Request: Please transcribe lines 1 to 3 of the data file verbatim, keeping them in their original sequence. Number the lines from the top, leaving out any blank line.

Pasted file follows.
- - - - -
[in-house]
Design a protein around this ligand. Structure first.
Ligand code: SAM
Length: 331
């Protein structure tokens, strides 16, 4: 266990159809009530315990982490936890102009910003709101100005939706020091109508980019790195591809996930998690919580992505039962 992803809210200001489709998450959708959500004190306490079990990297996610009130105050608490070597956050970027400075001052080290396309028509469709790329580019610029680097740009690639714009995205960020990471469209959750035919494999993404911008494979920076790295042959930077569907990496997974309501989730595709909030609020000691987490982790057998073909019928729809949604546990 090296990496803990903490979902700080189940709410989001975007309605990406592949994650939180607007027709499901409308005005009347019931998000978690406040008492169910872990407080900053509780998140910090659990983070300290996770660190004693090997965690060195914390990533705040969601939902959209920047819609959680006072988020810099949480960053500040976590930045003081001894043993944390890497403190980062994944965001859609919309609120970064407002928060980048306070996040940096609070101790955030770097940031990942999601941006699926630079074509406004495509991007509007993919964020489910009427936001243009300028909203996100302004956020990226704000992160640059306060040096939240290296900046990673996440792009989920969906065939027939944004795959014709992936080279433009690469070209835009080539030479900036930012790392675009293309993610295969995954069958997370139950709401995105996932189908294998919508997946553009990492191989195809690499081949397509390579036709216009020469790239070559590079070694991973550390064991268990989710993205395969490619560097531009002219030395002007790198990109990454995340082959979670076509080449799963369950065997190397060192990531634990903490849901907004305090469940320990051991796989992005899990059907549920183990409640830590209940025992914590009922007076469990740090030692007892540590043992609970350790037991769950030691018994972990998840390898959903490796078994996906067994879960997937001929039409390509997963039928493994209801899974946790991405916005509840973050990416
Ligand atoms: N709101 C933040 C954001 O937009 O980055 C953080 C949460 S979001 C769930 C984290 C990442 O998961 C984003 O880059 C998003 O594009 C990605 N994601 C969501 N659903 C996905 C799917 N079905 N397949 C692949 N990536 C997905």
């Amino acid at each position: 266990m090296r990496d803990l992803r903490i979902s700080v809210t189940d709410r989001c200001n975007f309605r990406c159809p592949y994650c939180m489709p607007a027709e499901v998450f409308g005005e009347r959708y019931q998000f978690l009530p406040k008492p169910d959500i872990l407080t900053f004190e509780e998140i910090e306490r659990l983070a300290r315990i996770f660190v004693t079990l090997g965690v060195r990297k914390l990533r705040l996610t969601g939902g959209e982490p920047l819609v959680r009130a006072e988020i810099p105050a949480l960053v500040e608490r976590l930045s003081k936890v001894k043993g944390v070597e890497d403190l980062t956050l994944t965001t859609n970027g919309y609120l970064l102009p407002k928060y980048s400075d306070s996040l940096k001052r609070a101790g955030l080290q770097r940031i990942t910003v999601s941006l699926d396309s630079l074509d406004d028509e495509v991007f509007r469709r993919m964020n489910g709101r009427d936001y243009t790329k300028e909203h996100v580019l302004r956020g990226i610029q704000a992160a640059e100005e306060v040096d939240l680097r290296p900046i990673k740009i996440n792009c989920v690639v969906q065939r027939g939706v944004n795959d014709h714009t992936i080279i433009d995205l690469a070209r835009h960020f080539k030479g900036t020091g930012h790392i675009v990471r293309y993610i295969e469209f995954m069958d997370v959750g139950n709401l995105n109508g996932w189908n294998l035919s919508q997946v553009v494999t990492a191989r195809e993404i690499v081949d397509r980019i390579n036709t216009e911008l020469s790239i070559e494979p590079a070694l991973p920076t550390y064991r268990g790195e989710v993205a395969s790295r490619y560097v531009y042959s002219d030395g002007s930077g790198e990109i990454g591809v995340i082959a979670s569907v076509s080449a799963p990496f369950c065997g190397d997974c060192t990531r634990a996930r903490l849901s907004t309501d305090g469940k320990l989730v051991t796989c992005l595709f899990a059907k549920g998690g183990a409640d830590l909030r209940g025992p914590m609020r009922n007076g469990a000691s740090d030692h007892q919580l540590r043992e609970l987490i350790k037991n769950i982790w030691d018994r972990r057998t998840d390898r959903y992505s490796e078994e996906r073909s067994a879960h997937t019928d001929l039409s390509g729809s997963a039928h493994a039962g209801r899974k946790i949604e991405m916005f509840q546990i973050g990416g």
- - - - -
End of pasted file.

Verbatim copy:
[in-house]
Design a protein around this ligand. Structure first.
Ligand code: SAM